These articles are published in the Slough Town FC programme. The Rebels play in the National League South in a swanky new ground. I’ve been supporting Slough since the beginning of time despite now living in Brighton.

Thursday, January 03, 2008


Printed in the New Years Day 2008 Southern league south and west division match v Thatcham Town. We lost 2-1 in front or 232 people.

It said everything about the values of our society. The new sports minister attacked
the financial excesses of the Premier League, and instead of chants of support he got shot down in flames.

In an address at a sports business conference, sports minister Gerry Sutcliffe singled out England captain John Terry's wages as "obscene", said Chelsea's financial position was "unsustainable", and warned that season-ticket rises at Old Trafford were pricing out ordinary fans. A few factual errors were pounced on by the clubs to denounce his arguments. He inflated John Terry's weekly wage from £130,000 to £150,000, and said Chelsea were £250m "in the red" when their actual losses for the past two years was just a mere £220m. So that’s alright then. He said Manchester United had increased ticket prices by 13% when the real rise was only 10.87%. But if we want to get into nit-picking then maybe he should have taken into account the £38,000 Business Week estimates the England captain gets a week from his official endorsements from companies like Umbro, Samsung, Nationwide and Pro Evo Soccer.

Of course, down the lower reaches of the league not every player is paid such ridiculous amounts of cash but the main reason John Terry’s wages are so wrong is that the people who do the essential work in society get paid a pittance. Nurses, fireman, bin men, teachers – look what happens when they go on strike. But if John Terry and his mates went on strike? (People can be forgiven for thinking that this has already happened when England played Croatia).Well we might see a few more Chelsea fans at Slough games but society wouldn’t exactly come grinding to a halt now would it?

The Prime Minister wasn’t best pleased with Sutcliffe’s comments either coming 24 hours after the government had thrown its weight behind the World Cup bid. Infact the government has little sympathy for the wider argument. This is not surprising really, since New Labour have done little to sort out the scroungers in our society. I’m not talking about the usual tabloid targets, but the corporations and super rich who are masters of dodging taxes. Football mimics our society, with the obscenely wealthy stuffing their face with even more of the Christmas cake. Everyone else is told to tighten their belts and warned that their just isn’t enough money in the fifth richest country in the world to have decent public services.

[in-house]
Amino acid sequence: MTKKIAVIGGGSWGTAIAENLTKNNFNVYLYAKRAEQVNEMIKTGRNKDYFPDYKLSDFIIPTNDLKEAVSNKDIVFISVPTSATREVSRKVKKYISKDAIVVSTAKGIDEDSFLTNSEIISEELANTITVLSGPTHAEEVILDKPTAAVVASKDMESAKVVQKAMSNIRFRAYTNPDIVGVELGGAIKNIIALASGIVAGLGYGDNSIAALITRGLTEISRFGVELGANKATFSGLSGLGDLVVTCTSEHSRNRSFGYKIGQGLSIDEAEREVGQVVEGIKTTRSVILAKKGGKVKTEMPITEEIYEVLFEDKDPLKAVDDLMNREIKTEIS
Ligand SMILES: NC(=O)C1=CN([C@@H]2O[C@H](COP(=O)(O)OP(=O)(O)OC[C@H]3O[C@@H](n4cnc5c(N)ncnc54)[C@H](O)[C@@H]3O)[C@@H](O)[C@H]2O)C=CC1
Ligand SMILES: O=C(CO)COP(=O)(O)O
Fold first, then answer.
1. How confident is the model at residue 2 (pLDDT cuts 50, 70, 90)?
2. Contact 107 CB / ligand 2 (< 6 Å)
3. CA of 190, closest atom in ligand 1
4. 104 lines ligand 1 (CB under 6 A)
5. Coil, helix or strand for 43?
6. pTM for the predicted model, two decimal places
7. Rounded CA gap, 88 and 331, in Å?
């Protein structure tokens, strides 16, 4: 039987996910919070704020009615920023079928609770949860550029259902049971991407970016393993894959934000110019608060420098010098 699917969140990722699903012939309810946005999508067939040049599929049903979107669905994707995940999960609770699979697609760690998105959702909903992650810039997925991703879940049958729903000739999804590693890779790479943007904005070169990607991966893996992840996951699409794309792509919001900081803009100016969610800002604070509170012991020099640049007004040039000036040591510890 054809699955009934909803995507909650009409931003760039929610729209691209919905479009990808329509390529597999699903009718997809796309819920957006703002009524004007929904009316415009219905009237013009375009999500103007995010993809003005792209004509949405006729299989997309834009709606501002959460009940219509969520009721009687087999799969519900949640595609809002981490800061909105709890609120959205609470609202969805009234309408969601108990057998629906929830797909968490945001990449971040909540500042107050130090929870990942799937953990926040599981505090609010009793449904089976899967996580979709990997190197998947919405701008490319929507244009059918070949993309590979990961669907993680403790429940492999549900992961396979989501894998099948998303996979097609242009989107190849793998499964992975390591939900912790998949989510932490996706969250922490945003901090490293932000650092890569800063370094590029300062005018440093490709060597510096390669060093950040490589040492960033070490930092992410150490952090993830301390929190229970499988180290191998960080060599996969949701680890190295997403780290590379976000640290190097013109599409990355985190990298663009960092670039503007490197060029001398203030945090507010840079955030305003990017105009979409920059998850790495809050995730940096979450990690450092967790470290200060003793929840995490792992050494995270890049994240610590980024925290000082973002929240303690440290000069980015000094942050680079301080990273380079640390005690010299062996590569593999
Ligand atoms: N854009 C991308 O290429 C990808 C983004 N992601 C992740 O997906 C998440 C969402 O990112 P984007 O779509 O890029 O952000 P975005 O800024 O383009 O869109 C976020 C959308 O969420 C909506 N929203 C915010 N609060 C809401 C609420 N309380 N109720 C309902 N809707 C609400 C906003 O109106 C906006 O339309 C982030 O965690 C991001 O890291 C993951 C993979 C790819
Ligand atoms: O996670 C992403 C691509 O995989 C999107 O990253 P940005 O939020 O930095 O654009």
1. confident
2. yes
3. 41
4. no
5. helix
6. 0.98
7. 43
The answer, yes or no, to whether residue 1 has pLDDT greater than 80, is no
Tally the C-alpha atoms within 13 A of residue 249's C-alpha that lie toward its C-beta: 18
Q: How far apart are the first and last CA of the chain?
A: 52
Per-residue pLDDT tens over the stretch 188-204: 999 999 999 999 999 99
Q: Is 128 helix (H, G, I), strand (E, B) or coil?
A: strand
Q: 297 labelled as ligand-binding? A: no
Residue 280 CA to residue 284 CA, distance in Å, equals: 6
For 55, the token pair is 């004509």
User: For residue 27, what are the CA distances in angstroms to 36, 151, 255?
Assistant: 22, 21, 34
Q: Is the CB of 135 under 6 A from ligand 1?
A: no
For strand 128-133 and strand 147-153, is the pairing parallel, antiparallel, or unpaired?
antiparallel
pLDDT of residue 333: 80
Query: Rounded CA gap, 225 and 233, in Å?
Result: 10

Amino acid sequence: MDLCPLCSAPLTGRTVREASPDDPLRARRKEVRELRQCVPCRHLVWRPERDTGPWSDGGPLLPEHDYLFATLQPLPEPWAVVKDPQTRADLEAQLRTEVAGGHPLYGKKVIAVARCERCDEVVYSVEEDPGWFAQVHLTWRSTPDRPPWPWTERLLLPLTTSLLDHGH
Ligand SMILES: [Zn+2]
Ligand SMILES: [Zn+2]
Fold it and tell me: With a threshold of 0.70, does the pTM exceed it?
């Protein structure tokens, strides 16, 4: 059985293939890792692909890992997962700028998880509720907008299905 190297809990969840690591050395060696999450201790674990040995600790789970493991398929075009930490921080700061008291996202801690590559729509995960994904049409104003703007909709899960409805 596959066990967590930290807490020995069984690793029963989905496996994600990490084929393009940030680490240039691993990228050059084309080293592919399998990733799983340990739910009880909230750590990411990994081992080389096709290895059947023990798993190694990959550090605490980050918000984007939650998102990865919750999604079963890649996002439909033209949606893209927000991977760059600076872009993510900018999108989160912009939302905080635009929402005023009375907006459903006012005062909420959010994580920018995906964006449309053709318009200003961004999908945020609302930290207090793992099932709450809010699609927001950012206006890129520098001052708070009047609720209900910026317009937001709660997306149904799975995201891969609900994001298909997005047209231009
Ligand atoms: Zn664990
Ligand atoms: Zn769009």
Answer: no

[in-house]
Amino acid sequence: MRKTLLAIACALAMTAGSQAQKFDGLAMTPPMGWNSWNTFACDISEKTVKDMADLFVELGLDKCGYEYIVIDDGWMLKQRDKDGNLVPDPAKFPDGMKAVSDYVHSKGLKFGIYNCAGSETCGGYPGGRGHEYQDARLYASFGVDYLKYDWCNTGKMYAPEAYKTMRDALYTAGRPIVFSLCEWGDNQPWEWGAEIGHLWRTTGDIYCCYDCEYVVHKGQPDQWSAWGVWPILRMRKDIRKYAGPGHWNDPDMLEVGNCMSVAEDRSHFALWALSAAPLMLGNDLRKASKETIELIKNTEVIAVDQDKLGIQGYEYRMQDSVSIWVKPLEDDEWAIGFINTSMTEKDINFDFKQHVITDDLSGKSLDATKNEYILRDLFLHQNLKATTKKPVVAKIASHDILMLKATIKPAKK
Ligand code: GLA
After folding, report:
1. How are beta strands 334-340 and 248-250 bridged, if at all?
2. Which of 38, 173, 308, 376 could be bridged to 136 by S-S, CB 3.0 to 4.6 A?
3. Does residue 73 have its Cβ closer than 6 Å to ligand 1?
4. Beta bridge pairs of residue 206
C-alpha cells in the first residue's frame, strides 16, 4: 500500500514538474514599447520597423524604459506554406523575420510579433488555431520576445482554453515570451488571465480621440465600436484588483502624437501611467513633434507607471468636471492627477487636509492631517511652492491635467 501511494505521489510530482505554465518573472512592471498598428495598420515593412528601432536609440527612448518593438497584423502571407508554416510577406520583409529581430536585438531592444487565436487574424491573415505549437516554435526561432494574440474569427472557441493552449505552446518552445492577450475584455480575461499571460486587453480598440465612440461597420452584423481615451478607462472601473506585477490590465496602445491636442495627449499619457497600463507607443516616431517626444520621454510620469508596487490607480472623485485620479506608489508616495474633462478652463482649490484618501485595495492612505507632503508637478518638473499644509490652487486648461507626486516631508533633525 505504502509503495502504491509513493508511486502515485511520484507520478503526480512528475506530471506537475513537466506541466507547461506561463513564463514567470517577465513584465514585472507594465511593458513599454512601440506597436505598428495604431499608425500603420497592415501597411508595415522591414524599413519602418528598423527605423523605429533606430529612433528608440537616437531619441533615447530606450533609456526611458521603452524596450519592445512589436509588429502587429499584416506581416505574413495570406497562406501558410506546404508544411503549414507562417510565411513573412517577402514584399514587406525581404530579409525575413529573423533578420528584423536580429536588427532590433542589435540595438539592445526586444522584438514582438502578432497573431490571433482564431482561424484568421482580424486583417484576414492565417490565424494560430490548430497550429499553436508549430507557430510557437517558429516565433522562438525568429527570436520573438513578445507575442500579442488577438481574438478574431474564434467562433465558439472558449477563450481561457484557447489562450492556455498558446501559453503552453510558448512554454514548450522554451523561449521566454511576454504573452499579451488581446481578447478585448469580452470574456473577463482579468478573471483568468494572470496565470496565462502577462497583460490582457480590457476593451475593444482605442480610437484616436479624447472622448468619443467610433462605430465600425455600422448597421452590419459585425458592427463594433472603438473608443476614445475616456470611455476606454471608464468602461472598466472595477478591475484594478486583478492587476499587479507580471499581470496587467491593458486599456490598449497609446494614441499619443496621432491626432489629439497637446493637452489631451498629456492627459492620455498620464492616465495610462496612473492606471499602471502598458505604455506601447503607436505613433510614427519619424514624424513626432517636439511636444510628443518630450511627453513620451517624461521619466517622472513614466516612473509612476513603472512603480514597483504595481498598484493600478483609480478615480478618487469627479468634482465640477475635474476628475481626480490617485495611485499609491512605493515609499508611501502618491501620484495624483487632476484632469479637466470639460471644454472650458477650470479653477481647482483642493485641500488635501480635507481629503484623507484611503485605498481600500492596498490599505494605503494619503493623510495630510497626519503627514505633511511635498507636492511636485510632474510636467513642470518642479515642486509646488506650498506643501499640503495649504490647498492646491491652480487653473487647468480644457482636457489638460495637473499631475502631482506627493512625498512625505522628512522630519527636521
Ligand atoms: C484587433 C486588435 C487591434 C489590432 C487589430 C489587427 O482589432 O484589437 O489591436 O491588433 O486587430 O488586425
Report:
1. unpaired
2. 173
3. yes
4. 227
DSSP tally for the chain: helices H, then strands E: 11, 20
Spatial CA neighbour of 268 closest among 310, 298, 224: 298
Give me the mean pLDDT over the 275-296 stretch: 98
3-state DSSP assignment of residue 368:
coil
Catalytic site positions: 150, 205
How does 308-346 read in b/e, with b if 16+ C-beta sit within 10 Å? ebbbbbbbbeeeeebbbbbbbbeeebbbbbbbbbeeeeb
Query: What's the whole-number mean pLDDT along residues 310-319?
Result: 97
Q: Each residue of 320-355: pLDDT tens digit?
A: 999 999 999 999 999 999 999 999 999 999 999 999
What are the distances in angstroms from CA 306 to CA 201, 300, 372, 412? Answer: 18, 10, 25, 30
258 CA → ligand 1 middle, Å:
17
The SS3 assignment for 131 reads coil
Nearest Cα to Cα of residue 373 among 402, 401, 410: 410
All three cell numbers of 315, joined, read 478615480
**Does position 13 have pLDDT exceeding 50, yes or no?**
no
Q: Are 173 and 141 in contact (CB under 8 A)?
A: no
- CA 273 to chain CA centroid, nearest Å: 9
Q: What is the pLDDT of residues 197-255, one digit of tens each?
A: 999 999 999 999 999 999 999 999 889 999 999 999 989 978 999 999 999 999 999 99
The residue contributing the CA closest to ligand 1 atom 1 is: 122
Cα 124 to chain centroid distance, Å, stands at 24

It was recently revealed that the international super-rich had stashed assets worth $491bn in Jersey in order to 'avoid tax'. John Christensen, a former economic adviser to the Jersey government and now director of Tax Justice Network said "The trend in the last 30 years has been to shift the burden of tax away from companies on to the consumer and labour. Capital is increasingly going untaxed."

As football is now just another cash cow for the super rich, the ideas of the new president of Uefa, Michael Platini, haven’t gone down so well with the elite. He wrote to Gordon Brown arguing passionately that “the values championed by football are a powerful source of social integration and civic education”. “Football is a game before a product, a sport before a market, a show before a business.” He proposed crazy things like cutting the number of Champion League places allocated to Europe’s top leagues and giving 75% of allocated tickets to the finalist’s supporters. He wants wage caps on players; quotas for home-grown players; regulations on agents; financial checks on owners; revenue sharing between clubs; and redistribution of revenue into lower leagues.

Of course the top clubs said Platini was “pursuing his own bizarre agenda.” Like what? Trying to introduce a more level playing field that might bring a bit more competition into football? The British government unsurprisingly weren’t impressed either. A Gordon Brown spokesman said he would not allow England's national game to be run by Brussels. Oh no, much better to have it run by a murky global gang of the criminally rich, already salivating at the prospect of breaking free from tiresome Uefa and even national leagues, instead mounting show games in global tours, modelled on rock concerts and sponsored by multinationals (que Man United’s up and coming dates in Saudia Arabia).